It was a bit overcast so the pics (taken on a long lense from the upstairs window) are not the greatest).
First up was the bike stuff. We had a different trainer this time - an English guy called Tim who works mainly with children trying to get them hooked on cycling. He was a big contrast to the Aussie, Shane, who works full time with elite athletes. Initially I preferred the Shane approach - all shouting, enthusiasm and leaping in. It appealed to my competitive nature. After a while though, I realised that, although I was occasionally frustrated by the talky, softly softly Tim approach, I was learning a lot more about the bike and how to control it.
So overall, it was a good thing to see a different route.
The time trial was hard, quck but hard. It's only 1km which is 4 times round the track but you are pushing yourself to the limit all the way so lungs were bursting and legs shaking at the end. It was about setting personal targets as a benchmark for future improvement. But, I was secretly very satisifed to be the fastest by a decent margin....and my chimp will help me work hard to maintain that position too!
I did it in 1 minute 41 and other times were 1.46, 1.56 and 2.01. We now have a team target to collectively improve so we will have to work together.
We also did several skill sessions - learning how to control the bike at slow speed (not so easy when you feet are clipped in and you don't have any brakes!); standing starts and track technique. I must admit that I'm surprised how much there is going on on the track which I didn't appreciate when I sat and watched all those Golds at the Olympics. I, in my ignorance, thought that it was mostly about how fit and strong the respective cyclists were!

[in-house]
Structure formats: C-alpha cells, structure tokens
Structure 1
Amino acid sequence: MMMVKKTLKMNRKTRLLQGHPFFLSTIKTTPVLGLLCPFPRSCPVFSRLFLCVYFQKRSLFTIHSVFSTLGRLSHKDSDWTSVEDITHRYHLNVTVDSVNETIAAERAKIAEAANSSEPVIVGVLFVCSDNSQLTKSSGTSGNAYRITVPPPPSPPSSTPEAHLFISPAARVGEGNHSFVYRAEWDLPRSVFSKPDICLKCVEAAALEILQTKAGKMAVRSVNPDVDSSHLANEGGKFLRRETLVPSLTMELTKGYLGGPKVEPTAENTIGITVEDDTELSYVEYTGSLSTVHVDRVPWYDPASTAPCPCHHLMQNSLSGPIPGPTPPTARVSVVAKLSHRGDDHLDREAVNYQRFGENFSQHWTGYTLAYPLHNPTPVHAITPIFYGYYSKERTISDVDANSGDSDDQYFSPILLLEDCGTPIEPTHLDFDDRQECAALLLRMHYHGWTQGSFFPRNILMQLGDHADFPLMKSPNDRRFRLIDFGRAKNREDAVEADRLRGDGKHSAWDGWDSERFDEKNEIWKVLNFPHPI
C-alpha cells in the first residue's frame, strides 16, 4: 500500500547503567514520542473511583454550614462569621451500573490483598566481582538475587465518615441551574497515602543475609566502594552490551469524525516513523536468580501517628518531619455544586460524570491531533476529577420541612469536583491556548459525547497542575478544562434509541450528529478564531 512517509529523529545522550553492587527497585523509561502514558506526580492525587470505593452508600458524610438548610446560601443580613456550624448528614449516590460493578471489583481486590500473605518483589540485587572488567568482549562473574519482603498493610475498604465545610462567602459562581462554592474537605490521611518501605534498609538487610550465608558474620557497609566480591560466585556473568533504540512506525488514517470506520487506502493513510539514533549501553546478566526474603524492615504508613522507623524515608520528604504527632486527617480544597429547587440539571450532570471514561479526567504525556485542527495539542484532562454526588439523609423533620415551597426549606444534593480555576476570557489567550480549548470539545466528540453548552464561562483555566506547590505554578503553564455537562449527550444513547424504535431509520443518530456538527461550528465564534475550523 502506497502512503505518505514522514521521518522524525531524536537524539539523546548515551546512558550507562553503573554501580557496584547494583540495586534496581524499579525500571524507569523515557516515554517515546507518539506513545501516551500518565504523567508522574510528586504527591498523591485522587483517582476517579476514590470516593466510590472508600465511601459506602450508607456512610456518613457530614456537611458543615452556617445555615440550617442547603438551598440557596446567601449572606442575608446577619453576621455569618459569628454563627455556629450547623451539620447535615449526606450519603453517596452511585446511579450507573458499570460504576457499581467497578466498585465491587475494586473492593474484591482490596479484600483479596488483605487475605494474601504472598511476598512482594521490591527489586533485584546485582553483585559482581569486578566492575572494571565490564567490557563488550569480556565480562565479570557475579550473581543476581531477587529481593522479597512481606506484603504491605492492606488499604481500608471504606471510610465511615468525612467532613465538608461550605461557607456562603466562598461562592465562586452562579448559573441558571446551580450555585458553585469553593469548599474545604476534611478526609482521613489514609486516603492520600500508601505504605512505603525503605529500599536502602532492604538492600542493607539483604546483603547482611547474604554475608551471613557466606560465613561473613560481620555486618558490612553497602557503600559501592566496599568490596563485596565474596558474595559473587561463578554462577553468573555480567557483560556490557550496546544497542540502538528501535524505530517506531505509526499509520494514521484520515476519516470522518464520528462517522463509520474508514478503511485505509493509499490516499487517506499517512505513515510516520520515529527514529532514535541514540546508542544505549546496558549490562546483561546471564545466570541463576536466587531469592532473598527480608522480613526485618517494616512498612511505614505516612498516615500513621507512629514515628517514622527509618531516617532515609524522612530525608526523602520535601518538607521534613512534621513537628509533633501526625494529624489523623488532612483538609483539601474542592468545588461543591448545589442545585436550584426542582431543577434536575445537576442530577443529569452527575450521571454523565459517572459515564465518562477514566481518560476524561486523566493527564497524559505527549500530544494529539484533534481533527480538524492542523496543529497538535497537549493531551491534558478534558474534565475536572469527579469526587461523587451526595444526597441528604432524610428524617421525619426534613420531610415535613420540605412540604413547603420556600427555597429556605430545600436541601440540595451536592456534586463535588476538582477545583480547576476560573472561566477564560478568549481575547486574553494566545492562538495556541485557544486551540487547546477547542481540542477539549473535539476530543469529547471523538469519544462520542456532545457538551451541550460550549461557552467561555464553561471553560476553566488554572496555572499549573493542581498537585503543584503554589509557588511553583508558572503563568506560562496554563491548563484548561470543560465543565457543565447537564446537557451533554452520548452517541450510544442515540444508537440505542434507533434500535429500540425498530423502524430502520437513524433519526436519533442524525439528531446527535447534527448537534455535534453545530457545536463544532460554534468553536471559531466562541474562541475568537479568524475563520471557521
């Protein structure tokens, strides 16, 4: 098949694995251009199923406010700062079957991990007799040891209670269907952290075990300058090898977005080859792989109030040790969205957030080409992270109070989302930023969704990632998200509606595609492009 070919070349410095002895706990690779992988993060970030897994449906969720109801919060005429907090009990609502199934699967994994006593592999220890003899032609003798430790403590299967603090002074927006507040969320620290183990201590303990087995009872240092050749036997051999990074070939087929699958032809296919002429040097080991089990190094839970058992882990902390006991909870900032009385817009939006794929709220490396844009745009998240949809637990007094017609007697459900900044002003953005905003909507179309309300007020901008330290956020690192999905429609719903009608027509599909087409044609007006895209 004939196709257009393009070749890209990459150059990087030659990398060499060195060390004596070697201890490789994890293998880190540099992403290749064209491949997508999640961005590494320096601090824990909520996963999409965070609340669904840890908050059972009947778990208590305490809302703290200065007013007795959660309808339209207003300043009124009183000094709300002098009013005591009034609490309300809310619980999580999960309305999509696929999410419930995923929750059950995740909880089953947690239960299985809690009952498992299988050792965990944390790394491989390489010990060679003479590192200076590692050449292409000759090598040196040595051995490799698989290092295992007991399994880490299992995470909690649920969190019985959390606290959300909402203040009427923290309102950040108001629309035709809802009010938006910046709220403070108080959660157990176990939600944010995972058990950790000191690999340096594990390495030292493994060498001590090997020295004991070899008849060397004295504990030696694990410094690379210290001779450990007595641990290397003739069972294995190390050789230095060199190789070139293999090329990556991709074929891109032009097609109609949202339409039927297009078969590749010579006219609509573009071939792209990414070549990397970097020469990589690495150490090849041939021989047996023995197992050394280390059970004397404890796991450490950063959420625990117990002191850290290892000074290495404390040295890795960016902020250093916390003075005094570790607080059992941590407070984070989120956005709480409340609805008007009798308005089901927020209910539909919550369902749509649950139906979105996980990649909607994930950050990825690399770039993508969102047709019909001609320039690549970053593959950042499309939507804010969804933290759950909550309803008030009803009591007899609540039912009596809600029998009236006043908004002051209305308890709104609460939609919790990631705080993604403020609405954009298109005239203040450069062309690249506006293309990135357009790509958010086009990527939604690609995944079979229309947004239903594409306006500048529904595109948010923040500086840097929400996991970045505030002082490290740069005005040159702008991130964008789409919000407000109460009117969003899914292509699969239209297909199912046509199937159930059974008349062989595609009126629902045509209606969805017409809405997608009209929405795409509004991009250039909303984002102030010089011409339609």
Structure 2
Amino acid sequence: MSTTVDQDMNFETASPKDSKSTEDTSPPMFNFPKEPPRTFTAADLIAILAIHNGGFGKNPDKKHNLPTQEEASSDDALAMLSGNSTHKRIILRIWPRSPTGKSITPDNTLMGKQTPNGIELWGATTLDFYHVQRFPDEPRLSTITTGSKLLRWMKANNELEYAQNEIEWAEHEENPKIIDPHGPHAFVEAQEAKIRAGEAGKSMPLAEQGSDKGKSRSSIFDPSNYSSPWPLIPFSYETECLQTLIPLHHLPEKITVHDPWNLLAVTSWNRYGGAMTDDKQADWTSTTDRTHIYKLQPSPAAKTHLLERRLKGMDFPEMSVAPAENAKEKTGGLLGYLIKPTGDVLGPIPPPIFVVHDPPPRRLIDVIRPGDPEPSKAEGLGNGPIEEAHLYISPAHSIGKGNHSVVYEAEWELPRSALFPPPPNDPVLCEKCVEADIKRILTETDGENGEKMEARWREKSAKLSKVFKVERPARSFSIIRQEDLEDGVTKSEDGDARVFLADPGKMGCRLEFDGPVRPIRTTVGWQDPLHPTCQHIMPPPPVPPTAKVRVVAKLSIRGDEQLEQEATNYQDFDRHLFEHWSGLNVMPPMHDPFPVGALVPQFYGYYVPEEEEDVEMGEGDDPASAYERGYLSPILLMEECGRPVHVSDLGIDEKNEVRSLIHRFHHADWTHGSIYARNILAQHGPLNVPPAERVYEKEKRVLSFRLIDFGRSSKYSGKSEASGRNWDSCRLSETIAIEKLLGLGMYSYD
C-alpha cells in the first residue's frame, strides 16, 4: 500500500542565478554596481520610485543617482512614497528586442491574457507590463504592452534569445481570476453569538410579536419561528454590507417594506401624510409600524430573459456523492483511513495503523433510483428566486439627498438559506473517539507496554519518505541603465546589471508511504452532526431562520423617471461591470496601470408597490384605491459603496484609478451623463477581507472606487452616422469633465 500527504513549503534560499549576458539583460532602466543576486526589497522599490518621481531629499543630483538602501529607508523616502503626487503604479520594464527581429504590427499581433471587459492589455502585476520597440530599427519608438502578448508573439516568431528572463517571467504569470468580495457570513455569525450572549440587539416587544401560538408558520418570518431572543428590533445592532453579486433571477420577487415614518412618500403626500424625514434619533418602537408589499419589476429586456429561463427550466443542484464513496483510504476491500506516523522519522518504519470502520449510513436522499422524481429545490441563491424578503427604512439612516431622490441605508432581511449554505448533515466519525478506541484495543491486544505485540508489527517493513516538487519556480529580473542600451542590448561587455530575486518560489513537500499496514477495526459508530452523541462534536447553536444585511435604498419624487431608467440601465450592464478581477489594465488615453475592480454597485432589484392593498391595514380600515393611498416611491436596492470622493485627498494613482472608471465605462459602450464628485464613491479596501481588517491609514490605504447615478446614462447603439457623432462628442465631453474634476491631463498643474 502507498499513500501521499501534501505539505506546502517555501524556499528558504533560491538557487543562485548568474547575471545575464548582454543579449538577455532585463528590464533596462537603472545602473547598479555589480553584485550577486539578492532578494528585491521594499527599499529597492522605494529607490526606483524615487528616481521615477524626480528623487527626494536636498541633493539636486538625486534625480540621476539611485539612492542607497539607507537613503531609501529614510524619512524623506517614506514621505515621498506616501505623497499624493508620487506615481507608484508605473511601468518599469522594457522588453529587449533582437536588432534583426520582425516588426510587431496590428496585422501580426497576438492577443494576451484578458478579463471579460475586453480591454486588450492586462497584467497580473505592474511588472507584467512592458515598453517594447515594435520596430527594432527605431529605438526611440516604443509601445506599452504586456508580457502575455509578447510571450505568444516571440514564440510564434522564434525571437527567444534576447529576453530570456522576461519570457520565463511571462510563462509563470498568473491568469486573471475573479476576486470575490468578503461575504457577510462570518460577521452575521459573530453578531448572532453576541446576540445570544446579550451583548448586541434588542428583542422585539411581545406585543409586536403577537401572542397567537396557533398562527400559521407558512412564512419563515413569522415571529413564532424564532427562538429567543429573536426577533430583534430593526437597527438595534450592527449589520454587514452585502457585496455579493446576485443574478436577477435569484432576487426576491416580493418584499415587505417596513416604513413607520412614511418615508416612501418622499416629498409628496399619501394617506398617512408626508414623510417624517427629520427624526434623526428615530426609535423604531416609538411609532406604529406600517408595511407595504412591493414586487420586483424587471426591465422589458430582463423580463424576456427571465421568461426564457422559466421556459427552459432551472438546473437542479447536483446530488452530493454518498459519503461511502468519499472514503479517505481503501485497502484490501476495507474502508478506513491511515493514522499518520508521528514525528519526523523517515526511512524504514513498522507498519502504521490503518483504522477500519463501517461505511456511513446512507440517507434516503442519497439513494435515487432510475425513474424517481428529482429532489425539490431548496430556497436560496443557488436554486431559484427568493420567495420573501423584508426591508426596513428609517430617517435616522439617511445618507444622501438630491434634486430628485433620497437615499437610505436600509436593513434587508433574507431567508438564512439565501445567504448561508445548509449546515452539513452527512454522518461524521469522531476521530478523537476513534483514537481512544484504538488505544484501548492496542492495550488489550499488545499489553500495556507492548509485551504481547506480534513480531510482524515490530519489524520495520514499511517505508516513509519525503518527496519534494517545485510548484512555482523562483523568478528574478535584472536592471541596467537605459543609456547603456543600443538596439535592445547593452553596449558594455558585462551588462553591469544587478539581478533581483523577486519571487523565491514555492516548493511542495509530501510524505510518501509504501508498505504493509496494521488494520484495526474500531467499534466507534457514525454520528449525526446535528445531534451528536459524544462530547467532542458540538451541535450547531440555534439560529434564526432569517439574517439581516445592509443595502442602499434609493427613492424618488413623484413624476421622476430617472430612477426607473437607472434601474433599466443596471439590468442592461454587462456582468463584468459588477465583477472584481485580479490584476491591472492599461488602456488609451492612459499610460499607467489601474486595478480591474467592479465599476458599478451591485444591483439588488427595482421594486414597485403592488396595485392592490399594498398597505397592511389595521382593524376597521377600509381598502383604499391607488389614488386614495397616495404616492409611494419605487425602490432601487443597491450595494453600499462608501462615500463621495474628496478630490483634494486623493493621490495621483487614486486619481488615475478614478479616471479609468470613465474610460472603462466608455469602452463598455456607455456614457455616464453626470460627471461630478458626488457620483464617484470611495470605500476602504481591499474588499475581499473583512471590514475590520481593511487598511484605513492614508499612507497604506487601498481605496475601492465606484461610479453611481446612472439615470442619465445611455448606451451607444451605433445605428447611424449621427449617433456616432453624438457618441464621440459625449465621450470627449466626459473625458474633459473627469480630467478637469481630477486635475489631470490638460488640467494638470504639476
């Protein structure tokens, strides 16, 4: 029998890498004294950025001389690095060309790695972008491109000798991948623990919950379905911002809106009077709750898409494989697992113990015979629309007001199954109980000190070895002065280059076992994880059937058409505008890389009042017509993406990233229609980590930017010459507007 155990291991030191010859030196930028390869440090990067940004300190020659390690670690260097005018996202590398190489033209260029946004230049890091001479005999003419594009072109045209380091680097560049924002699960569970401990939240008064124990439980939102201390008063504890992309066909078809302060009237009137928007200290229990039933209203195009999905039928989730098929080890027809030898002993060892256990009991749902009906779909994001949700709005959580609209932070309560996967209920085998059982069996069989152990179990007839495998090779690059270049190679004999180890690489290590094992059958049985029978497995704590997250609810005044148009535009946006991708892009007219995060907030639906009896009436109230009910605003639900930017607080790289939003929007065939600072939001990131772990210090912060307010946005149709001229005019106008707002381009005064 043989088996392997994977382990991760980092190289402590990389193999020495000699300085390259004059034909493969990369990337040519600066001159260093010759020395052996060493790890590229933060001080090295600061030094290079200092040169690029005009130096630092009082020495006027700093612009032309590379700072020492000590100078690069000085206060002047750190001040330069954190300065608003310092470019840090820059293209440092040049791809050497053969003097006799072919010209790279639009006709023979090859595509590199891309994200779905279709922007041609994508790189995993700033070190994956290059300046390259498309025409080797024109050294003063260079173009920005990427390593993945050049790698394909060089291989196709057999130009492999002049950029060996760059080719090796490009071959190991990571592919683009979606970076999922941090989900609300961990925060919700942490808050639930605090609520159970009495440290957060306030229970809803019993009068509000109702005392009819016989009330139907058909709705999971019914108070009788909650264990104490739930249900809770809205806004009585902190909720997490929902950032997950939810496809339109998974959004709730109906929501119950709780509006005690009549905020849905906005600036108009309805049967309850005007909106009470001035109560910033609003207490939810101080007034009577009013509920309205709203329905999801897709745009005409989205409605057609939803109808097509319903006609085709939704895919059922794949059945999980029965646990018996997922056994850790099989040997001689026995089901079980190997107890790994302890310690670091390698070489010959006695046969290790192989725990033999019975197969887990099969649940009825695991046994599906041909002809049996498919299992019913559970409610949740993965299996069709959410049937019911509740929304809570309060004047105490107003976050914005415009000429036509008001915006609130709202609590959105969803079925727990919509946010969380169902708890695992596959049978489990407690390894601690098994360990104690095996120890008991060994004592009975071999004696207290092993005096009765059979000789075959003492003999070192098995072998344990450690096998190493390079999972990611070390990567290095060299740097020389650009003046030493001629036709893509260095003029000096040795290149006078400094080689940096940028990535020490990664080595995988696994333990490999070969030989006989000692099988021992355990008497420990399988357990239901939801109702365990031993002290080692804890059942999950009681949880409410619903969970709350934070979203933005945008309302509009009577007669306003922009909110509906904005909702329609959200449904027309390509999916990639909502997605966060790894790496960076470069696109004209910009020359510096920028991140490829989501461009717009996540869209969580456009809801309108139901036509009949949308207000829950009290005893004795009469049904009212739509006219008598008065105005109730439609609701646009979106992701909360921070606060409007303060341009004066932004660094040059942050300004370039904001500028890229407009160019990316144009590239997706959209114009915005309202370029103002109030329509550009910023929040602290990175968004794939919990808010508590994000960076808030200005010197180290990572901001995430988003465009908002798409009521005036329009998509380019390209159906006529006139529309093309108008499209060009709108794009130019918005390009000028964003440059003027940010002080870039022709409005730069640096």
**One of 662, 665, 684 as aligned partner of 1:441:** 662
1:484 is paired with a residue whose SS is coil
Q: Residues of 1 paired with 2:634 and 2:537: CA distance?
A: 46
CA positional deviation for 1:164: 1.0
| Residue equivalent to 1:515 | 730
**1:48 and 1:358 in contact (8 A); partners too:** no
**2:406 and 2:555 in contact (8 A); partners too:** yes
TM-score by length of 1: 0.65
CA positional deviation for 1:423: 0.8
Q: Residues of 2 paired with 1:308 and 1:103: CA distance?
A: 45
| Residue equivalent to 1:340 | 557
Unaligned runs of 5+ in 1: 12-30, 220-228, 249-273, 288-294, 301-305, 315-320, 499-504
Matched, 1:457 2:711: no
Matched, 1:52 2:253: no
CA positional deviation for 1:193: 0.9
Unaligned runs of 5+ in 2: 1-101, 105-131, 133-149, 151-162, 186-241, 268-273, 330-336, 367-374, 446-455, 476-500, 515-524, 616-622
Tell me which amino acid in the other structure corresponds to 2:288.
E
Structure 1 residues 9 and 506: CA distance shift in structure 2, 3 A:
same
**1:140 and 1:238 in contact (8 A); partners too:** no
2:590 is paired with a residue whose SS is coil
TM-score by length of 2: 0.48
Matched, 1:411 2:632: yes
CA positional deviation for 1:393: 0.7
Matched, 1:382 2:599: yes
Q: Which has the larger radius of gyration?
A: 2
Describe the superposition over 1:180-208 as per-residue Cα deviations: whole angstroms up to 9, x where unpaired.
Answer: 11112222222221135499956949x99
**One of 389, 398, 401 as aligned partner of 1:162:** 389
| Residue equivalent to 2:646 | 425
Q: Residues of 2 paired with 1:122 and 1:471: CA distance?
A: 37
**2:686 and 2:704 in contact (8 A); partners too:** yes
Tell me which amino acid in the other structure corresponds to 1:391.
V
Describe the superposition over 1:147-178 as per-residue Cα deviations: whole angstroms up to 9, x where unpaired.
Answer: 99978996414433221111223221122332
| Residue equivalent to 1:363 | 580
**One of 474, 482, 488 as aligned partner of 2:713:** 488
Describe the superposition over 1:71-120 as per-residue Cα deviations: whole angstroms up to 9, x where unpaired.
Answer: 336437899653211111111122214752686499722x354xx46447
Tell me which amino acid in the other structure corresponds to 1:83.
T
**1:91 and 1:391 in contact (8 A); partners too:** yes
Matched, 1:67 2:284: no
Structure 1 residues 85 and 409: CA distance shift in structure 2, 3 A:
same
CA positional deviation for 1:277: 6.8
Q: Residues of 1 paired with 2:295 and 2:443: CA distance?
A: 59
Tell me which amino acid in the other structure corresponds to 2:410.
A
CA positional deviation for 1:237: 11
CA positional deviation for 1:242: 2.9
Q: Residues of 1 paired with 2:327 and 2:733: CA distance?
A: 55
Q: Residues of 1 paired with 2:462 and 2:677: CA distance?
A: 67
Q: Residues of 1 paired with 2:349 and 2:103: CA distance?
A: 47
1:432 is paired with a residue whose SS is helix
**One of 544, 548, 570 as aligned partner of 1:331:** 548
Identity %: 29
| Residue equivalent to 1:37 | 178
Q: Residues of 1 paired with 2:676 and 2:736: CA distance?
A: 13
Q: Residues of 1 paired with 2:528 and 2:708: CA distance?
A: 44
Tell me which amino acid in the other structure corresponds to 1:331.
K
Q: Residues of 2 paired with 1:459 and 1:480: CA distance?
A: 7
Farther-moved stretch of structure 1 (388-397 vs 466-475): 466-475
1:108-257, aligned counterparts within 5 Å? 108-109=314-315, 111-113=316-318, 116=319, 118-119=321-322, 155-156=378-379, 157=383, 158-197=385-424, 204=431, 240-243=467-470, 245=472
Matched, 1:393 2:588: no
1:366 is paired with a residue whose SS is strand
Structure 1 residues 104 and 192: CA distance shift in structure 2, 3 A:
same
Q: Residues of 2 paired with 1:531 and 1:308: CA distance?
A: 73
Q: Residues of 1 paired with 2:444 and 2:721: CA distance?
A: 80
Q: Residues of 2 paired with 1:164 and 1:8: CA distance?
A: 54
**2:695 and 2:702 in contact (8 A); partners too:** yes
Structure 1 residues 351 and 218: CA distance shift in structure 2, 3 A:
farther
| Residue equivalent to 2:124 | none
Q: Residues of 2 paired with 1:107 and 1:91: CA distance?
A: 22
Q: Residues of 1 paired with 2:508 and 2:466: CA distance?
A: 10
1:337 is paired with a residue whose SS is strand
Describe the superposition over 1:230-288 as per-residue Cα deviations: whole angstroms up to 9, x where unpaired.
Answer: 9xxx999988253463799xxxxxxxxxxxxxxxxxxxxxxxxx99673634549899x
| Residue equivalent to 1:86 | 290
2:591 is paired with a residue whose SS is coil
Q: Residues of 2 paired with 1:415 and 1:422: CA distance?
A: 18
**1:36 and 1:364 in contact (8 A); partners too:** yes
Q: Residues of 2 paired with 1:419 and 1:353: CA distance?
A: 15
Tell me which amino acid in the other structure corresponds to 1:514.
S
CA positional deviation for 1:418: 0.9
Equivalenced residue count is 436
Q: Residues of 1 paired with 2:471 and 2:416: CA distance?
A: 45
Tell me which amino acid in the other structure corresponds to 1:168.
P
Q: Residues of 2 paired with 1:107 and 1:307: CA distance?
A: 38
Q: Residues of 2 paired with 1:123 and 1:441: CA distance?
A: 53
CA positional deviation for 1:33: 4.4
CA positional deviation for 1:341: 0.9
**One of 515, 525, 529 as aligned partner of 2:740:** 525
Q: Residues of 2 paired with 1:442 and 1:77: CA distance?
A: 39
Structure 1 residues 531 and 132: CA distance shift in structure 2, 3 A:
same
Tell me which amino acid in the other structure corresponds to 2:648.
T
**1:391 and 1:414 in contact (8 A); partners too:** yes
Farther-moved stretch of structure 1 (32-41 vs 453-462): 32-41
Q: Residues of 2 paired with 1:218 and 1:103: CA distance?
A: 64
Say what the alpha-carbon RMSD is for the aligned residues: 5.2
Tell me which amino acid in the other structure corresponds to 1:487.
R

Interspersed with these sessions, we had our first one-to-one with the Psych bloke. It was a bit nerve racking, especially as I had quite a few issue to discuss of a personal nature. But he helped out by asking that the first interviews not be filmed so that we could just chat to him in confidence. We didn't have much time but he has given me some important insights already.
His theory is that, if you can keep your inner chimp happy and nurtured, she will leave you alone and then you can get on doing the stuff YOU want to do. So, my homework for the next few weeks is trying to work out MY needs and my chimp's needs so that we can work out a plan to satisfy both without conflict (which leads to unhappiness, fear, food and procrastination).
I appreciate that this theory stuff is quite complicated but, unfortunately, I've been a bit constrained from going into too much detail as it is the intellectual property of the Psych guy. I'm sure that, in the fullness of time, I'll be able to be a bit more candid.
We talked almost entirely about D and I and our recent travails. He explained that there are 3 different regimes operating in my head - me, my chimp and my gremlins. I can identify and try to satisfy/control my chimp but I can't remove her. I can identify my gremlins (unhelpful learned beliefs and behaviours) and remove them (although I must replace them with something else to operate under). But first I need to do as much work as possible to get to know my chimp and identify my gremlins.
One of themfor example, which explains a lot, is my belief that Diarmuid should (a very significant word there) support me in my endeavours. This is my belief, not Diarmuid's. When he does not, I feel threatened, upset, let down and then my emotional side (my chimp) takes over and pushes me into an inappropriate response, which in trun escalates the situation with D.
He made it sound so simple but I'm sure it's not. Worth working at though. It made me realise that, however much soul searching I think I've done and however much I've learned on this dieting and personal development journey so far, there is a huge way to go still.
But I've got you lot for company so what's the rush?